Jackie Calmes & Jeremy W Peters
President Obama admonished House Republicans on Tuesday to quit fighting his three-year-old health care law and to reopen the government, a show of defiance that reflected Democrats confidence that conservatives have overreached after years of budget battles with the White House.
As long as I am president,I will not give in to reckless demands by some in the Republican Party to deny affordable health insurance to millions of hard-working Americans, Obama said from the Rose Garden,flanked by new beneficiaries of the insurance program. Then,gesturing toward his guests,he added,I want Republicans in Congress to know these are the Americans youd hurt if you were allowed to dismantle this law.
The presidents televised appearance captured the split-screen nature of this first of October: It was the start of a new fiscal year,with the federal government largely shuttered because of the parties funding impasse,yet also the inaugural day for a central piece of the landmark health care law at the center of the budget standoff.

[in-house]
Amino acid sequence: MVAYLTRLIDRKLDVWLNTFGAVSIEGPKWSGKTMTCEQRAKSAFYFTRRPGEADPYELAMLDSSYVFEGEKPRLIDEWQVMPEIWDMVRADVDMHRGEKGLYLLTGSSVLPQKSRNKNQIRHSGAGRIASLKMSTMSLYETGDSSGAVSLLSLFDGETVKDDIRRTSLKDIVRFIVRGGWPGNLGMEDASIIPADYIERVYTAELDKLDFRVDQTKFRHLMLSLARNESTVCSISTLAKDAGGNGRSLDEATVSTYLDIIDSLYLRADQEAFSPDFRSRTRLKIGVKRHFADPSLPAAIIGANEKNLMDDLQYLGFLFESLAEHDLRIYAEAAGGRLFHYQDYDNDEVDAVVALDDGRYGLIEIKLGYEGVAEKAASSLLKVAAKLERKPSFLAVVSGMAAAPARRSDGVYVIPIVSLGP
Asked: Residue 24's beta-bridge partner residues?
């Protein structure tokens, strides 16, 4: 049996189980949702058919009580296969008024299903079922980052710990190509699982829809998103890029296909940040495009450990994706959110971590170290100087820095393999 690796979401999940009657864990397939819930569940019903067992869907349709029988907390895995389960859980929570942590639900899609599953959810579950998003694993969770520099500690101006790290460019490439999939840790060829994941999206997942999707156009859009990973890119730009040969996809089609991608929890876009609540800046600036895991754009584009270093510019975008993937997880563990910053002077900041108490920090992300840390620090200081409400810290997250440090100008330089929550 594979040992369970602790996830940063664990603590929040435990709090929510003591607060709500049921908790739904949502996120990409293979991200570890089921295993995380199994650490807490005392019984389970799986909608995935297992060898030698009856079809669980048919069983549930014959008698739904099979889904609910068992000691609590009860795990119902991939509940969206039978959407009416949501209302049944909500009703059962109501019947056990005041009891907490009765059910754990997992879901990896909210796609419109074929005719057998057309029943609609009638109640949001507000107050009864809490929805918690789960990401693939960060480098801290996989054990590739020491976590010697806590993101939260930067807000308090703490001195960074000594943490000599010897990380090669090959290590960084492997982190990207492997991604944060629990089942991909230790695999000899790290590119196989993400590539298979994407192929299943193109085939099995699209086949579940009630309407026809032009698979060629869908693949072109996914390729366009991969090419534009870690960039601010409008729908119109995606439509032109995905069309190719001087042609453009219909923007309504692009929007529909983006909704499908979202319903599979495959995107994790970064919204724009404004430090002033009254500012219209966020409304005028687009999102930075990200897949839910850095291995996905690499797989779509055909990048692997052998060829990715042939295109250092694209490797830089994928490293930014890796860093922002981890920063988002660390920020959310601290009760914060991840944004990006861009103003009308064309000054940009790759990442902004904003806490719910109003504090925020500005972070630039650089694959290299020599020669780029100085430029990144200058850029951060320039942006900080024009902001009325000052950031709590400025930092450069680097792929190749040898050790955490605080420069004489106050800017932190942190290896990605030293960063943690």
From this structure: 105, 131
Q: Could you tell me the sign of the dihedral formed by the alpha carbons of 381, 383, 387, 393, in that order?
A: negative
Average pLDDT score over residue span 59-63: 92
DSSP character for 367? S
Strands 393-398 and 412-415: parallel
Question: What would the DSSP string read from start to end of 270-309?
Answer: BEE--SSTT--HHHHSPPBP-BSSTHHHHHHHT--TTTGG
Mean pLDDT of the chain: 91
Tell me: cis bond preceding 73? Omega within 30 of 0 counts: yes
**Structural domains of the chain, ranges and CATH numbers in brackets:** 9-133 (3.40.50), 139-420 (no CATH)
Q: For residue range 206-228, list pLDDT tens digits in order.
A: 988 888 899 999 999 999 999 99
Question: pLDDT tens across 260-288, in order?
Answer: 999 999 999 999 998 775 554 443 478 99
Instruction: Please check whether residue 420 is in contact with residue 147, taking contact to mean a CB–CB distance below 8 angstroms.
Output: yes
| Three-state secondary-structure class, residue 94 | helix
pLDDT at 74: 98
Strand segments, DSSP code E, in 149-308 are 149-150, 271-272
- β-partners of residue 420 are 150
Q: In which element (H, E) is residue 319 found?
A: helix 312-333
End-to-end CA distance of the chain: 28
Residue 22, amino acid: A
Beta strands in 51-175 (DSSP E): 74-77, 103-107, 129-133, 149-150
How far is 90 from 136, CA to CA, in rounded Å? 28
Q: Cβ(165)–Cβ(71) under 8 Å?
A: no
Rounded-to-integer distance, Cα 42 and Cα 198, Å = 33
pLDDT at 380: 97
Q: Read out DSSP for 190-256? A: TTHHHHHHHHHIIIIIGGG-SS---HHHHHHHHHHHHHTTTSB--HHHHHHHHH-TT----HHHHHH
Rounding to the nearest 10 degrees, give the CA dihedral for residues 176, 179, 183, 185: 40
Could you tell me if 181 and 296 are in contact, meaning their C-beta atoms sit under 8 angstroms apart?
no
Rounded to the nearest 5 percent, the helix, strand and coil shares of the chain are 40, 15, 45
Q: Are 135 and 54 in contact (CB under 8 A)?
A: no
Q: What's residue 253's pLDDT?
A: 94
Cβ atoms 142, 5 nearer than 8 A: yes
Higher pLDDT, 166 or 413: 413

It was unclear how long the shutdown might go on,and no one in either party could say if Republicans would remain firm in their insistence that Democrats agree to significant changes to the health care law. But on the initial day of the first shutdown in nearly 18 years there was little business getting done in the House or the Senate other than photo opportunities and partisan speeches.
Republican,Representative Paul D Ryan of Wisconsin,the House Budget Committee chairman,indicated that the stalemate could go on for at least two more weeks until the nation reaches its borrowing limit. He said the deadline to address the debt limit,and avoid a default,could be the forcing mechanism to bring the two parties together.
Yet House Republicans also vow to oppose an increase in the debt ceiling unless Obama delays the health care law. On Tuesday night,Speaker John A Boehner and House Republicans tried to ease the effects of the shutdown and force Democrats into negotiation. The Republicans proposed three bills to finance veterans programs,the National Park Service and federally run services in Washington but because they introduced the measures under a fast-track procedural rule that required a two-thirds vote,each of them failed.
Meanwhile,the president has summoned leaders of Congress to the White House for an afternoon meeting Wednesday to urge the passage of measures financing the government and increasing the nations borrowing limit without add-ons like a limitation on his health-insurance law. The president will urge the House to pass the clean Continuing Resolution to reopen the government,and call on Congress to act to raise the debt ceiling, an administration official said.